It's getting dicey over in Europe:  Calling it "the first step in an infringement procedure," the European Union has launched legal proceedings against the United Kingdom for a breach of "good faith" clauses in the Brexit Withdrawal Agreement.  Should the U.K. refuse to drop its Internal Markets Bill, the EU has threatened further legal action, while some say hefty fines or trade sanctions are even on the table.

 

U.S. weekly jobless claims total 837,000, vs 850,000 estimate – these are some of the lowest numbers since March.

 

With Northwest Quadrant Wealth Management, a Registered Investment Advisor I am Josh Fenili.



There were more signs that the "return to normal" for the global economy may take longer than hoped for in a couple of major layoff announcements. Walt Disney Co. made one of the deepest workforce reductions of the Covid-19 era after it announced yesterday it was firing 28,000 workers. Oil major Royal Dutch Shell also said it will cut as many as 9,000 jobs as it struggles with low demand and tries to restructure.  Despite those headline numbers – the ADP Payroll report is out -- Private companies added 749,000 jobs in September vs. the 600,000 Dow Jones estimate. (Bloomberg)

 

Big data firm Palantir and corporate software company Asana are the latest businesses to challenge the traditional IPO process by debuting on the New York Stock Exchange today in the form of a direct listing. Depending on how successful they are, more companies could choose to go public this way going forward, especially if they are allowed to raise new money as part of the process. Going public via direct listing tends to be a quicker route and involves less scrutiny, while super trendy SPAC mergers are also gaining prominence. The NYSE has set a reference point of $7.25/share for Palantir and $21/share for Asana, though the figure only acts as a placeholder in lieu of a formal IPO price. (SA)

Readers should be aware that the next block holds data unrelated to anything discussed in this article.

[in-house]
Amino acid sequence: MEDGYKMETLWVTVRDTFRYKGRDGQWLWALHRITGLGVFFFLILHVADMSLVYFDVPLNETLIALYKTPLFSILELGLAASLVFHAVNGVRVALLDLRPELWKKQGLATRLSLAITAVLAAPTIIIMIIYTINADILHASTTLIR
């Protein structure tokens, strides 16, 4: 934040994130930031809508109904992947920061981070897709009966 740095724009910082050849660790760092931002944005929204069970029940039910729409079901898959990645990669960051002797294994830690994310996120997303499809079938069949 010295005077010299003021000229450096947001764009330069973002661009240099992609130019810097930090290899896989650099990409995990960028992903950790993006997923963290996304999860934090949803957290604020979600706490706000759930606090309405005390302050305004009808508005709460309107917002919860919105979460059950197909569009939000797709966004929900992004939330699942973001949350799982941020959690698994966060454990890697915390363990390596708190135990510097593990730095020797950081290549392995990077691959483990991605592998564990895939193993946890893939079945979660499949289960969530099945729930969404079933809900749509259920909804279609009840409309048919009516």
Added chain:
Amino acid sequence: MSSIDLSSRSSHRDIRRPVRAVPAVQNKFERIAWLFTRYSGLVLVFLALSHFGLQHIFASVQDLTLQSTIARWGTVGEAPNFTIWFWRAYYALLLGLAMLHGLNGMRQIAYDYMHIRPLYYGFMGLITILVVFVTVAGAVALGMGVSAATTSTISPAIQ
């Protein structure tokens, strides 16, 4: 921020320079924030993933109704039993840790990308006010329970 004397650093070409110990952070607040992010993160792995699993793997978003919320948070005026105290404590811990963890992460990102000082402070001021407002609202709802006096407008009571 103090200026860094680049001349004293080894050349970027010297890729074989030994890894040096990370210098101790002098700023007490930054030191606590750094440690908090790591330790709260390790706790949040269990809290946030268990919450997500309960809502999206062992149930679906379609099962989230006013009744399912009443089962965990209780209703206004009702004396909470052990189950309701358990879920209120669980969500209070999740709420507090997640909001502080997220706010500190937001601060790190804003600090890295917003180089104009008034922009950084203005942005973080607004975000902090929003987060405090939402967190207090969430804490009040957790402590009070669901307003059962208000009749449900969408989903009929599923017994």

Bend-based Les Schwab Tire Centers – which calls itself "the nation’s highest-ranked, most customer-focused tire retailer" – has reached an agreement to sell the company to investment firm Meritage Group, Les Schwab Chief Executive Officer Jack Cuniff said Tuesday.  While terms were not disclosed, when one of the most iconic Central Oregon-born companies and the region's third-largest private employer put itself up for sale late last year, analysts said a deal could fetch up to $3 billion. Meritages’ founder, Nat Simons, is the son of Jim Simons, the founder of Renaissance Technologies, the most successful hedge fund of all time.  (KTVZ)

 

With Northwest Quadrant Wealth Management, a Registered Investment Advisor I am Josh Fenili.
 



Stocks rose sharply yesterday as Wall Street built on strong gains from the previous session amid hope for a new deal on U.S. fiscal stimulus and several corporate deals being struck. 

 
Investors also cheered a slew of corporate deal making activity. Devon Energy and WPX Energy announced they will move forward with a merger of equals, sending their stocks sharply higher. Meanwhile shares of the two mining companies Cleveland-Cliffs and ArcelorMittal shot higher after Cleveland-Cliffs agreed to buy ArcelorMittal’s U.S. operations for $1.4 billion. The deal, which is expected to close in the fourth quarter of 2020, will make Cleveland-Cliffs the largest flat-rolled steel producer in North America.